Alva also focused on enrollment management, not only in admitting new students but retaining and supporting students on their journey to a college degree. 

“You may be wondering why strategic enrollment management should be prioritized when Cal State Fullerton is the biggest university in the CSU,” she said. “Here’s why. Strategic enrollment management helps us plan for robust years like this when we are net neutral, but also for the time when we may see a much smaller pool of potential students. 

“This is an all-university conversation because enrollment informs how we schedule classes in every academic program and how to plan support services. In addition to traditional college-going students, we will need to create new on-ramps to college–professional certificates, flexible degrees designed for working adults, re-enrolling those who have some college units but no degree, more learner-centered approaches to providing graduate programs and professional doctorates…and the list goes on.

“When done correctly we have a road map,” she continued. “We decide what is the right enrollment target for the university, based on a realistic and sustainable financial model that secures the resources needed to reach and serve new audiences.”

Building a Strong Culture of Care  

Alva’s second call to action is to build an even stronger culture of care and accountability. The CSU systemwide Title IX review gives recommendations that campuses can use to cultivate more transparency and accountability to build a robust culture of care, safety, belonging and respect. An implementation team has been established that will guide the university in these efforts.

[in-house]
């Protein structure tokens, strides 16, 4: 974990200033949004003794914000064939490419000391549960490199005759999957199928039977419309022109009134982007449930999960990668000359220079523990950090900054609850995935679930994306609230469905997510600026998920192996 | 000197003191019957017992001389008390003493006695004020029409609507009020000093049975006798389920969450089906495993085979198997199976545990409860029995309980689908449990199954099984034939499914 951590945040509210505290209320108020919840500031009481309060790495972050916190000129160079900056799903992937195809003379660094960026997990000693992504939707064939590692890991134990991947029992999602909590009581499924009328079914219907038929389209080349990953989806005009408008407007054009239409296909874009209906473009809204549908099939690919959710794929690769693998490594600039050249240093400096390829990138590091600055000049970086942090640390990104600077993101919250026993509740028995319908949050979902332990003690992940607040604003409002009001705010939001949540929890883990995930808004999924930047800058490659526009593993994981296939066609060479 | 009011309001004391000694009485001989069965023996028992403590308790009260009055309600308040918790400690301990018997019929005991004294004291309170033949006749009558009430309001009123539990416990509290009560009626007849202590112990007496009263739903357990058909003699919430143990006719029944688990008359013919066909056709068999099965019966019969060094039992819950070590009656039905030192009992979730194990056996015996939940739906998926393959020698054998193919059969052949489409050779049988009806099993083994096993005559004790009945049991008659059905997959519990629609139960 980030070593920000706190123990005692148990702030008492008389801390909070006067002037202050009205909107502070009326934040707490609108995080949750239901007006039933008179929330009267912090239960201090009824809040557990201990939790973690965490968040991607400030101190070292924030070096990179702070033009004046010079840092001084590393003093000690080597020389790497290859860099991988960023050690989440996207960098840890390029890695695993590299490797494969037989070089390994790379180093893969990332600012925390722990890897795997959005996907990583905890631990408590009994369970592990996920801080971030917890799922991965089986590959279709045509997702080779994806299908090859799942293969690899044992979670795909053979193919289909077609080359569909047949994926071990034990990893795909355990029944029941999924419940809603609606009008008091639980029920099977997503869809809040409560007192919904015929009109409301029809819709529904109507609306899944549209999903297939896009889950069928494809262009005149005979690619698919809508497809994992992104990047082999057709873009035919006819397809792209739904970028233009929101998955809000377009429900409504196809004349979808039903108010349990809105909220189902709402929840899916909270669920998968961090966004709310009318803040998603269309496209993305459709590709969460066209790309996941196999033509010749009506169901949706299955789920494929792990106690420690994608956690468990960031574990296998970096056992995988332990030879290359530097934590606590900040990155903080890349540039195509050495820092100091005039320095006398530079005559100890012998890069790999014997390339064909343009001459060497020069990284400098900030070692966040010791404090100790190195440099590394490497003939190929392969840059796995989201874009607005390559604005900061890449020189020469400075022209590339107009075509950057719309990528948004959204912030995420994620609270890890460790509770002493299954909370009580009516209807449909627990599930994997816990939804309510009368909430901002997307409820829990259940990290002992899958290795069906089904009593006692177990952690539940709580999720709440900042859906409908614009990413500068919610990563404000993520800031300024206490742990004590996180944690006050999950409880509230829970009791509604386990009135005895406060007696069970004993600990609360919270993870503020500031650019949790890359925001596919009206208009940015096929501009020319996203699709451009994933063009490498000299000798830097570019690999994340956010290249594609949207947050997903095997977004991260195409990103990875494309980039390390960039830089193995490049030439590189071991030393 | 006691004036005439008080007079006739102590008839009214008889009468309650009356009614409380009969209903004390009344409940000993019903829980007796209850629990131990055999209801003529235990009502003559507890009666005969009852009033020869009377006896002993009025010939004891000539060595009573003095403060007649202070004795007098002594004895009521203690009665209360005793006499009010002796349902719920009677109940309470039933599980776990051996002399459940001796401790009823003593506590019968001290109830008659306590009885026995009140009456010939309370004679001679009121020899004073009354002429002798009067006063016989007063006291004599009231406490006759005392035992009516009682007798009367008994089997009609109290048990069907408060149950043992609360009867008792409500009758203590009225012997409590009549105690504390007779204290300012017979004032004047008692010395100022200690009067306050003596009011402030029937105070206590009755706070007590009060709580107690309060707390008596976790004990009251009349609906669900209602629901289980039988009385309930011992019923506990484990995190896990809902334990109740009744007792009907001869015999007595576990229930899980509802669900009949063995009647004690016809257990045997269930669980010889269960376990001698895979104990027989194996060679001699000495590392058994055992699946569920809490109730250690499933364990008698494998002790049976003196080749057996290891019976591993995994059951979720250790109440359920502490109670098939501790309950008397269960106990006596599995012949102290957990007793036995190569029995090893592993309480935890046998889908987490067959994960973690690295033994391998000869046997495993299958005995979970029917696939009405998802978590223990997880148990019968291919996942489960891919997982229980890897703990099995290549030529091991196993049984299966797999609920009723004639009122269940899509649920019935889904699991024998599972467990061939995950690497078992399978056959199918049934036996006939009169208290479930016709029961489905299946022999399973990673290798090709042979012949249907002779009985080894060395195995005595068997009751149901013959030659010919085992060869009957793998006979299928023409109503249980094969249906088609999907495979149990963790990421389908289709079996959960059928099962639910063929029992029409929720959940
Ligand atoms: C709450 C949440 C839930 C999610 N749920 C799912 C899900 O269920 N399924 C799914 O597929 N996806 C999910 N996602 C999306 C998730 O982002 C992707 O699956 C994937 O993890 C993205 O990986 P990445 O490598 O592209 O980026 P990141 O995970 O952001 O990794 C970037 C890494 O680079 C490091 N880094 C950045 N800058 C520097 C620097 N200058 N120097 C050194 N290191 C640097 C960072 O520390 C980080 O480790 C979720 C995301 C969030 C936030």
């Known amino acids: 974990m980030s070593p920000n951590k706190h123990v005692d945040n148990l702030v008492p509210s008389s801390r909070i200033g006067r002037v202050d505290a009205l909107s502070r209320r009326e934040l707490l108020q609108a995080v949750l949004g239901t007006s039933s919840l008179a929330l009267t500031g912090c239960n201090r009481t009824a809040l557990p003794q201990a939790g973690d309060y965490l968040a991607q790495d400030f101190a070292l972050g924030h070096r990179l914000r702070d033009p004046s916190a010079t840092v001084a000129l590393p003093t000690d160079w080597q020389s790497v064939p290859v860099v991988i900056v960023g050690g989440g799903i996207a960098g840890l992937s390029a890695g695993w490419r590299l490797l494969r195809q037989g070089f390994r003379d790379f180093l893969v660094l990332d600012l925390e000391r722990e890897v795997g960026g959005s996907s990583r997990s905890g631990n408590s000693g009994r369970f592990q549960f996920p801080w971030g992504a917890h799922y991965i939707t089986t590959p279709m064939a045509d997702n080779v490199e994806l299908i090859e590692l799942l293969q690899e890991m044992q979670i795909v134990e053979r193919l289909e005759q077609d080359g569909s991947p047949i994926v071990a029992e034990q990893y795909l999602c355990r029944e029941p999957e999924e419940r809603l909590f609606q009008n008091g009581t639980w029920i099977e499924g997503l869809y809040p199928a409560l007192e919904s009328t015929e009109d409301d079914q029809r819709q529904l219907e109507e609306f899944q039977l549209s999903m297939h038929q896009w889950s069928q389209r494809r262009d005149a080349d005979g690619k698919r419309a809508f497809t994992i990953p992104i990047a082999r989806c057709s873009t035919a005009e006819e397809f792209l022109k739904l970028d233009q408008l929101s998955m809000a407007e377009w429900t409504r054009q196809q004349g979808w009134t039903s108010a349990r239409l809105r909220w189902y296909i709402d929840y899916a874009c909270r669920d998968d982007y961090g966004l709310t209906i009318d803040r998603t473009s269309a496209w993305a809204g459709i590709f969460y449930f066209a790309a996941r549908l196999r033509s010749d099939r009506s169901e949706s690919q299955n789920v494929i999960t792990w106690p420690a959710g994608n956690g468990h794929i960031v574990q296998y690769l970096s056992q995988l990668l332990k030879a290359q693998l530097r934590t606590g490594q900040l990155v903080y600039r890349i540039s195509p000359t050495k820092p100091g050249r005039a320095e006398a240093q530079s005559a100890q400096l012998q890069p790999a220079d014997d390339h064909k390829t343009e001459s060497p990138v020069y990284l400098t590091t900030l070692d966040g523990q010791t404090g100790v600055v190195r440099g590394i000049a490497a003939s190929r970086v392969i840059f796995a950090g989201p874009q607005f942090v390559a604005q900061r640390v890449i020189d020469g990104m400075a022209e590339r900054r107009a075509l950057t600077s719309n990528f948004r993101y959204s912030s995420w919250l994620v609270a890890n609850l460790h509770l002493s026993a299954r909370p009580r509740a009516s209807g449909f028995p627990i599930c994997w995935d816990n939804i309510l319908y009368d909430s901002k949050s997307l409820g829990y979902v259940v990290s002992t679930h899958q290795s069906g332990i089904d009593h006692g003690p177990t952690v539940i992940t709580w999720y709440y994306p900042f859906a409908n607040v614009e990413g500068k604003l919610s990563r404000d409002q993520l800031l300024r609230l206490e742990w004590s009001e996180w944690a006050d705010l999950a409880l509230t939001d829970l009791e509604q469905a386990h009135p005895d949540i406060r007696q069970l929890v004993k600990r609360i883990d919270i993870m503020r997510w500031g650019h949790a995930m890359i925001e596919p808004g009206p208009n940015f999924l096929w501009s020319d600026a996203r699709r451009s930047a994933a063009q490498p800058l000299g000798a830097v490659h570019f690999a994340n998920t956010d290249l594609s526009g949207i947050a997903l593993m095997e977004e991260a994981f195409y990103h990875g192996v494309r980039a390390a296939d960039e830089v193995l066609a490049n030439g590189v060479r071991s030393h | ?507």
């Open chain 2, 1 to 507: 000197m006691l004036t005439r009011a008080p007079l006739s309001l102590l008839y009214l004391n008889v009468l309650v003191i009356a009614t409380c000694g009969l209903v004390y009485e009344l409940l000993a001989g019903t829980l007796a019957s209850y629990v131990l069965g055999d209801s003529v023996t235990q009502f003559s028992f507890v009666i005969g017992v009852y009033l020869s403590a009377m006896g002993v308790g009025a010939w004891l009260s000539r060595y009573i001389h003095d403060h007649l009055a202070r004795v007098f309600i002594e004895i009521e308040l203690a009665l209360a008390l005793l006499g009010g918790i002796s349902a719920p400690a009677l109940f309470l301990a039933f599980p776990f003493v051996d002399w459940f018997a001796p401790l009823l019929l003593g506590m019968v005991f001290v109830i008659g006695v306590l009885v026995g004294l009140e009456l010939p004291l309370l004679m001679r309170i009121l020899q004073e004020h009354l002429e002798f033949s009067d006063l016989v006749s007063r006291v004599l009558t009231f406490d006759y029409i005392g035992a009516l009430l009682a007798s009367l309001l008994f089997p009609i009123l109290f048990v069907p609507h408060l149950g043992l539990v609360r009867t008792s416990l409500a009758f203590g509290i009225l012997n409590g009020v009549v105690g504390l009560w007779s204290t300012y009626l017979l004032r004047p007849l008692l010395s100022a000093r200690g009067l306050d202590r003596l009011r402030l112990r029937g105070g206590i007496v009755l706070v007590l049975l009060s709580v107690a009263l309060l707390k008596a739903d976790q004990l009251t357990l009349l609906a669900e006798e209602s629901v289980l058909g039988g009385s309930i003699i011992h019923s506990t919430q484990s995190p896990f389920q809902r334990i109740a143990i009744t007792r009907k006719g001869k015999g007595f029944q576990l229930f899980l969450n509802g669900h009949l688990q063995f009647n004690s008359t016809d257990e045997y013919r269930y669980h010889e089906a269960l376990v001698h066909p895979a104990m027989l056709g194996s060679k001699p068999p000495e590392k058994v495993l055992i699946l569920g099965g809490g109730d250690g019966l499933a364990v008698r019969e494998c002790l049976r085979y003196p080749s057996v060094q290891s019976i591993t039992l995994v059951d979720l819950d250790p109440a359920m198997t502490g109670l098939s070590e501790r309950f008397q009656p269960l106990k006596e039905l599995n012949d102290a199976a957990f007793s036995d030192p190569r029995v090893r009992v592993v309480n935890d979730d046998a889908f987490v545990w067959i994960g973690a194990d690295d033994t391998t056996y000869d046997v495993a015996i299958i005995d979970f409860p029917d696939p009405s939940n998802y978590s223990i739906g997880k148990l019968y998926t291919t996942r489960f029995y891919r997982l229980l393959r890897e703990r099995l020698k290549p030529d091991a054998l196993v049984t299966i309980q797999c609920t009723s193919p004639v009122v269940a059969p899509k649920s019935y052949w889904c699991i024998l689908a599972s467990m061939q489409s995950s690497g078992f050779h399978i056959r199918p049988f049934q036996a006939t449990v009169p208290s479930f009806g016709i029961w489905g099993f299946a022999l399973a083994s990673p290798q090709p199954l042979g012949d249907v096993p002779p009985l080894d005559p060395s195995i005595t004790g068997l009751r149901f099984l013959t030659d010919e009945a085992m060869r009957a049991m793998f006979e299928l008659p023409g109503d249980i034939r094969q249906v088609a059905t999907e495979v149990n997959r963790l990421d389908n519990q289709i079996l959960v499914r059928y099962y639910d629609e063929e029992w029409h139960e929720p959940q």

“The Commission on Equity, Inclusion and Social Justice is also key and will be tracking our campus climate and setting priorities, so the university community has the tools it needs to change and improve,” she added. “Every Titan deserves to learn and work in an environment where they’re free from microaggressions and other conduct of concern.”

What Is Your Why?

Alva spoke about her “why” being a deep commitment to elevating inclusive excellence and student success through equitable and inclusive practices. She encouraged members of the audience to know and share their own “why.” 

President Sylvia Alva greets guests following her 2023 Convocation address.

Power and Strength in Community

In closing, Alva acknowledged the work of many and her support for overcoming challenges the university may face.

“There is power and strength in community,” she said. “Our values as educators unite us and ground us. Please know that I appreciate, value and respect you. I am inspired by the transformative work that you do each and every day.”

Valerie Orleans